You are using an outdated browser.
Please upgrade your browser
and improve your visit to our site.
Skip Navigation

Hacking is the new normal for US elections. So why is lax email protocol still so prevalent?

Getty/Brooks Kraft

On Thursday, in what feels like the umpteenth time, hackers posted hundreds of emails from the personal Gmail account of a 22-year old Democratic operative who freelanced for the White House and the Clinton campaign. The leak revealed the detailed movements and schedules of Hillary Clinton, Vice President Joe Biden, and First Lady Michelle Obama at public events, along with the personal information of Secret Service agents, the names and Social Security numbers of campaign donors, and even a purported scan of Michelle Obama’s passport.

On the same day, two Democratic lawmakers explicitly accused Russia of meddling in the US election, with orders coming from as high as President Putin. Following the hack on the email servers and accounts of the DNC, Colin Powell, and numerous other Democratic organizations and party officials, it is clear that hackers are determined to influence the 2016 presidential election more than any other previous election. (So far, it appears that Trump’s emails and servers have not been compromised.)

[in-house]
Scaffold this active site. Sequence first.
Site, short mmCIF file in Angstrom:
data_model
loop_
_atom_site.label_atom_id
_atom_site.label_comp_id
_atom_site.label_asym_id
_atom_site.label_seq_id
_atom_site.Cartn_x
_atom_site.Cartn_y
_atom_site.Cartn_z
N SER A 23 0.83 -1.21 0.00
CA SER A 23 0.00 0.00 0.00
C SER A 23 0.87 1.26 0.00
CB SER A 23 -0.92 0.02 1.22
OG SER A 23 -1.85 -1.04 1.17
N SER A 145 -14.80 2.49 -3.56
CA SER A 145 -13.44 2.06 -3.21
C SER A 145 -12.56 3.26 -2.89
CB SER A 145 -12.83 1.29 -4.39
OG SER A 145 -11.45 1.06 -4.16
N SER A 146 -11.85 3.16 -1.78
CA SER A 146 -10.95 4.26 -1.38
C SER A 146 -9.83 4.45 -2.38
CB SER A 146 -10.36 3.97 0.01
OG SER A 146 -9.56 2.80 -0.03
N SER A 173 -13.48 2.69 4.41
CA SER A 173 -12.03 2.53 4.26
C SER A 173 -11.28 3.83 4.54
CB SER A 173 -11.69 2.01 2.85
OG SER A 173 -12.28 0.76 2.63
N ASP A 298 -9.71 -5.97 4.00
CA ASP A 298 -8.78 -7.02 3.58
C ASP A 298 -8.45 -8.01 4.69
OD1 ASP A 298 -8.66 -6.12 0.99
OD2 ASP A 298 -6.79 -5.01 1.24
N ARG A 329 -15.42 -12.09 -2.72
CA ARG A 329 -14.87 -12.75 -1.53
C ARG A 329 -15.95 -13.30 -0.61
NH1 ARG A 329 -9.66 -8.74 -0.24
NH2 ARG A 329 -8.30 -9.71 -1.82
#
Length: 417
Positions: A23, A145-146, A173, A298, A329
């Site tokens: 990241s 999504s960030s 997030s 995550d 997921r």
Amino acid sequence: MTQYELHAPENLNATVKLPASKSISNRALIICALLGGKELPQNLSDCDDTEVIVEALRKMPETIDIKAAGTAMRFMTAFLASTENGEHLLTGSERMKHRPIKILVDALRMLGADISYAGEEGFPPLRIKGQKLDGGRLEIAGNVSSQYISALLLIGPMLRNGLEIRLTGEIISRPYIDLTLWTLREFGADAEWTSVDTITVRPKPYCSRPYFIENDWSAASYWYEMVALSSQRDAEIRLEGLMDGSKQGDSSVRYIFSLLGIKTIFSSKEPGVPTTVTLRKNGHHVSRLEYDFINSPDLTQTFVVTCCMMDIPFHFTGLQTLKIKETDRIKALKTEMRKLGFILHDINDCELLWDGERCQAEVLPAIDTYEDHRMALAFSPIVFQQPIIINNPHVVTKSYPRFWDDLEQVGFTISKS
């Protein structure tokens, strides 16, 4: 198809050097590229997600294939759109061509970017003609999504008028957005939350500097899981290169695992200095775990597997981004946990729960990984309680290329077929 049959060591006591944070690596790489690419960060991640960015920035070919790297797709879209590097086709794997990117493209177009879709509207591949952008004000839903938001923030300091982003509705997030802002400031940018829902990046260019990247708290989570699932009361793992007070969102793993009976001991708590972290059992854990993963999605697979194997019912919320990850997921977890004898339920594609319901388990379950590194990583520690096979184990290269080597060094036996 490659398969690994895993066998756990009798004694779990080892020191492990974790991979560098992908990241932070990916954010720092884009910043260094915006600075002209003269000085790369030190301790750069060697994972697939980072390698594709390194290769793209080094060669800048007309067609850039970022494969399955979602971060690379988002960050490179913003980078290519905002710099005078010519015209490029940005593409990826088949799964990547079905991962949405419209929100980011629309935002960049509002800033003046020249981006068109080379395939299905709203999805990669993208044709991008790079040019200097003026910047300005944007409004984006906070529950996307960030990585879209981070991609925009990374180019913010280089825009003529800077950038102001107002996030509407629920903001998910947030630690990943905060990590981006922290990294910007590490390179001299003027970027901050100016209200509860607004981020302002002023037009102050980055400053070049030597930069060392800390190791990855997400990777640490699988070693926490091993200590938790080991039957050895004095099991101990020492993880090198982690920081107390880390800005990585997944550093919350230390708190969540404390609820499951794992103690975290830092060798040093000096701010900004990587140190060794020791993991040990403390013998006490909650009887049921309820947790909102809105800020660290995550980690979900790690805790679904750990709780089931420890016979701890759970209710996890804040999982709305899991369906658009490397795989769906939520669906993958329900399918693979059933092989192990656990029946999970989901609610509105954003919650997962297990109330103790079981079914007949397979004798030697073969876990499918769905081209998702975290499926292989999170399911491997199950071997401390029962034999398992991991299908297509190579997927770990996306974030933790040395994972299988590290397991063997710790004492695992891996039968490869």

Yet despite the string of security breaches, the latest leaks show that the White House and the campaign felt no qualms about sending sensitive information over a year and a half to a personal Gmail account. In an era when cyber-espionage by countries is no longer kept under wraps, where there have yet to be any rules of engagement, it seems prudent for state officials to assume that digital security is crucial to national security and can have an enormous and disproportionate effect on our elections.